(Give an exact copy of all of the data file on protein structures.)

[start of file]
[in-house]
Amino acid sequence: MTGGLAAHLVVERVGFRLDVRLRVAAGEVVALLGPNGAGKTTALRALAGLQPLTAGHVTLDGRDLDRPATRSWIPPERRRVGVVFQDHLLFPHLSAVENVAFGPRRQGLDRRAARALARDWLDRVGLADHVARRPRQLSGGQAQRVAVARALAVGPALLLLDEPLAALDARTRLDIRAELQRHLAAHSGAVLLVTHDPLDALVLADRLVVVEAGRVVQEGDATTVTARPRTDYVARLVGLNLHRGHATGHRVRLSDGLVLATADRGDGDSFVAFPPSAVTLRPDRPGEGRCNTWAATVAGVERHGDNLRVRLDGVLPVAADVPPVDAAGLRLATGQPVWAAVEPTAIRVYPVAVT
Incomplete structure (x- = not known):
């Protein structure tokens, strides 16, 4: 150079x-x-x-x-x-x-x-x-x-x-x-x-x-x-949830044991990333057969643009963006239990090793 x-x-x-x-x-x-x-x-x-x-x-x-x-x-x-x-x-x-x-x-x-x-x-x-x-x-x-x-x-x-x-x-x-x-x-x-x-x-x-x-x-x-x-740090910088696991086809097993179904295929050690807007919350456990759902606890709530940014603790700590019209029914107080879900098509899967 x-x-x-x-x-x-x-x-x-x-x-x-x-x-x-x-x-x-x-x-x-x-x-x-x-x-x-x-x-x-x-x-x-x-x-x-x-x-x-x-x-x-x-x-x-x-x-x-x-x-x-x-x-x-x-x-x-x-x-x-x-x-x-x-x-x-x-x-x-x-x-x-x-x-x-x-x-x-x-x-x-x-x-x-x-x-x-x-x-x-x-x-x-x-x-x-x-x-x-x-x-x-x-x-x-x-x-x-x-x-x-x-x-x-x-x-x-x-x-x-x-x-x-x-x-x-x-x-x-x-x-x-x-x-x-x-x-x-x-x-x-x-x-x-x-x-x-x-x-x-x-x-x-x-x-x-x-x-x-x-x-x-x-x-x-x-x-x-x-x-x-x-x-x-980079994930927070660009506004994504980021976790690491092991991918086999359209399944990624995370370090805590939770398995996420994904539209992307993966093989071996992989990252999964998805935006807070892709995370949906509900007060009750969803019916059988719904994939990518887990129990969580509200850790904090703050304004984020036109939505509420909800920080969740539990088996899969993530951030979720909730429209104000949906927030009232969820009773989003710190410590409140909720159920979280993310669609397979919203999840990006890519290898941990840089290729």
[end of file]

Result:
[in-house]
Amino acid sequence: MTGGLAAHLVVERVGFRLDVRLRVAAGEVVALLGPNGAGKTTALRALAGLQPLTAGHVTLDGRDLDRPATRSWIPPERRRVGVVFQDHLLFPHLSAVENVAFGPRRQGLDRRAARALARDWLDRVGLADHVARRPRQLSGGQAQRVAVARALAVGPALLLLDEPLAALDARTRLDIRAELQRHLAAHSGAVLLVTHDPLDALVLADRLVVVEAGRVVQEGDATTVTARPRTDYVARLVGLNLHRGHATGHRVRLSDGLVLATADRGDGDSFVAFPPSAVTLRPDRPGEGRCNTWAATVAGVERHGDNLRVRLDGVLPVAADVPPVDAAGLRLATGQPVWAAVEPTAIRVYPVAVT
Incomplete structure (x- = not known):
């Protein structure tokens, strides 16, 4: 150079x-x-x-x-x-x-x-x-x-x-x-x-x-x-949830044991990333057969643009963006239990090793 x-x-x-x-x-x-x-x-x-x-x-x-x-x-x-x-x-x-x-x-x-x-x-x-x-x-x-x-x-x-x-x-x-x-x-x-x-x-x-x-x-x-x-740090910088696991086809097993179904295929050690807007919350456990759902606890709530940014603790700590019209029914107080879900098509899967 x-x-x-x-x-x-x-x-x-x-x-x-x-x-x-x-x-x-x-x-x-x-x-x-x-x-x-x-x-x-x-x-x-x-x-x-x-x-x-x-x-x-x-x-x-x-x-x-x-x-x-x-x-x-x-x-x-x-x-x-x-x-x-x-x-x-x-x-x-x-x-x-x-x-x-x-x-x-x-x-x-x-x-x-x-x-x-x-x-x-x-x-x-x-x-x-x-x-x-x-x-x-x-x-x-x-x-x-x-x-x-x-x-x-x-x-x-x-x-x-x-x-x-x-x-x-x-x-x-x-x-x-x-x-x-x-x-x-x-x-x-x-x-x-x-x-x-x-x-x-x-x-x-x-x-x-x-x-x-x-x-x-x-x-x-x-x-x-x-x-x-x-x-x-980079994930927070660009506004994504980021976790690491092991991918086999359209399944990624995370370090805590939770398995996420994904539209992307993966093989071996992989990252999964998805935006807070892709995370949906509900007060009750969803019916059988719904994939990518887990129990969580509200850790904090703050304004984020036109939505509420909800920080969740539990088996899969993530951030979720909730429209104000949906927030009232969820009773989003710190410590409140909720159920979280993310669609397979919203999840990006890519290898941990840089290729």